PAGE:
Freakonomics Radio

by ​Dubner Productions and Stitcher

Discover the hidden side of everything with Stephen J. Dubner, co-author of the Freakonomics books. Each week, Freakonomics Radio tells you things you always thought you knew (but didn’t) and things you never thought you wanted to know (but do) — from the economics of sleep to how to become great at just about anything. Dubner speaks with Nobel laureates and provocateurs, intellectuals and entrepreneurs, and various other underachievers. Special features include series like “The Secret Life of a C.E.O.” as well as a live game show, “Tell Me Something I Don’t Know.” 

  

Latest Episodes

381. Long-Term Thinking in a Start-Up Town

Recorded live in San Francisco. Guests include the keeper of a 10,000-year clock, the co-founder of Lyft, a pioneer in male birth control, a specialist in water security, and a psychology professor who is also a puppy. With co-host Angela Duckworth, fact-checker Mike Maughan, and the Freakonomics Radio Orchestra.


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Posted on 13 June 2019 | 3:00 am


380. Notes From an Imperfect Paradise

Recorded live in Los Angeles. Guests include Mayor Eric Garcetti, the “Earthquake Lady,” the head of the Port of L.A., and a scientist with NASA’s Planetary Protection team. With co-host Angela Duckworth, fact-checker Mike Maughan, and the worldwide debut of Luis Guerra and the Freakonomics Radio Orchestra.


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Posted on 6 June 2019 | 3:00 am


379. How to Change Your Mind

There are a lot of barriers to changing your mind: ego, overconfidence, inertia — and cost. Politicians who flip-flop get mocked; family and friends who cross tribal borders are shunned. But shouldn’t we be encouraging people to change their minds? And how can we get better at it ourselves?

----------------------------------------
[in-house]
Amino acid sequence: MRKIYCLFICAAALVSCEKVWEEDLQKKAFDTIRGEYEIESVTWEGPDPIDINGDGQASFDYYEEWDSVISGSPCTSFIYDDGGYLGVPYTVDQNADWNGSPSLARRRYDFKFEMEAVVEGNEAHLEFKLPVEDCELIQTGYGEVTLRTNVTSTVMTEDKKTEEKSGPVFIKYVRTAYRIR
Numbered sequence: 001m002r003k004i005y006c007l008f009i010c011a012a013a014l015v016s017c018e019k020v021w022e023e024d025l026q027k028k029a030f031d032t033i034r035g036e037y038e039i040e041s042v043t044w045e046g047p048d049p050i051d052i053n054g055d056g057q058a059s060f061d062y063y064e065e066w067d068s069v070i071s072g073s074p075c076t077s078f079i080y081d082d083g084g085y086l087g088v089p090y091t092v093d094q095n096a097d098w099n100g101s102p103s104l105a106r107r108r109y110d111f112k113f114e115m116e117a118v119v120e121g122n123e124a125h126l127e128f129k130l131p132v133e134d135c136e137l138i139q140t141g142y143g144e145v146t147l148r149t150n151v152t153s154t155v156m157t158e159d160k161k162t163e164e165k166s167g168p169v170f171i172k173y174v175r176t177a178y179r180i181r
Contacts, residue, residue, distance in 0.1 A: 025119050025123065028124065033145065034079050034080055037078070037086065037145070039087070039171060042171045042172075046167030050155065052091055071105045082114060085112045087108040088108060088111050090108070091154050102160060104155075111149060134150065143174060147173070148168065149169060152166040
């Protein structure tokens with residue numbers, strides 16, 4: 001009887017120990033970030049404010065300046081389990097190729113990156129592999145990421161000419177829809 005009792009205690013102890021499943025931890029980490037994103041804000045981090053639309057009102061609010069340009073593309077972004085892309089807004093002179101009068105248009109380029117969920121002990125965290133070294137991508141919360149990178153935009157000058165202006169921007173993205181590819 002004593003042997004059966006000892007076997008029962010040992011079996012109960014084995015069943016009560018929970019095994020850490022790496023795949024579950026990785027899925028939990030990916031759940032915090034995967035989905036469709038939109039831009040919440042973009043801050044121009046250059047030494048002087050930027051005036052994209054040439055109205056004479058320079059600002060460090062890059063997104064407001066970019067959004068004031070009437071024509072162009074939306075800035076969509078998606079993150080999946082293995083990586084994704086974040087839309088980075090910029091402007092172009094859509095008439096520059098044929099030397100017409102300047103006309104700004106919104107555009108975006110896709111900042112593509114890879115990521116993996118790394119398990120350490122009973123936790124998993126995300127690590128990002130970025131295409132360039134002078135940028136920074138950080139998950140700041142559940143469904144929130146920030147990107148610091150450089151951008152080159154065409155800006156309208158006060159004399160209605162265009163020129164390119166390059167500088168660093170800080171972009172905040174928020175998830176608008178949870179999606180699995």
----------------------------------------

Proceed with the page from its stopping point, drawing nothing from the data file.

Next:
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Posted on 30 May 2019 | 3:00 am


323. Here’s Why All Your Projects Are Always Late — and What to Do About It (Rebroadcast)

Whether it’s a giant infrastructure plan or a humble kitchen renovation, it’ll inevitably take way too long and cost way too much. That’s because you suffer from “the planning fallacy.” (You also have an “optimism bias” and a bad case of overconfidence.) But don’t worry: we’ve got the solution.


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Posted on 23 May 2019 | 3:00 am


378. 23andMe (and You, and Everyone Else)

The revolution in home DNA testing is giving consumers important, possibly life-changing information. It’s also building a gigantic database that could lead to medical breakthroughs. But how will you deal with upsetting news? What if your privacy is compromised? And are you prepared to have your DNA monetized? We speak with Anne Wojcicki, founder and C.E.O. of 23andMe.


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Posted on 16 May 2019 | 3:00 am


377. The $1.5 Trillion Question: How to Fix Student-Loan Debt?

As the cost of college skyrocketed, it created a debt burden that’s putting a drag on the economy. One possible solution: shifting the risk of debt away from students and onto investors looking for a cut of the graduates’ earning power.


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Posted on 9 May 2019 | 3:00 am


376. The Data-Driven Guide to Sane Parenting

Humans have been having kids forever, so why are modern parents so bewildered? The economist Emily Oster marshals the evidence on the most contentious topics — breastfeeding and sleep training, vaccines and screen time — and tells her fellow parents to calm the heck down.


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Posted on 2 May 2019 | 3:00 am


329. The Invisible Paw (Rebroadcast)

Humans, it has long been thought, are the only animal to engage in economic activity. But what if we've had it exactly backward?


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Posted on 25 April 2019 | 3:00 am


375. The Most Interesting Fruit in the World

The banana used to be a luxury good. Now it’s the most popular fruit in the U.S. and elsewhere. But the production efficiencies that made it so cheap have also made it vulnerable to a deadly fungus that may wipe out the one variety most of us eat. Scientists do have a way to save it — but will Big Banana let them?


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Posted on 18 April 2019 | 3:00 am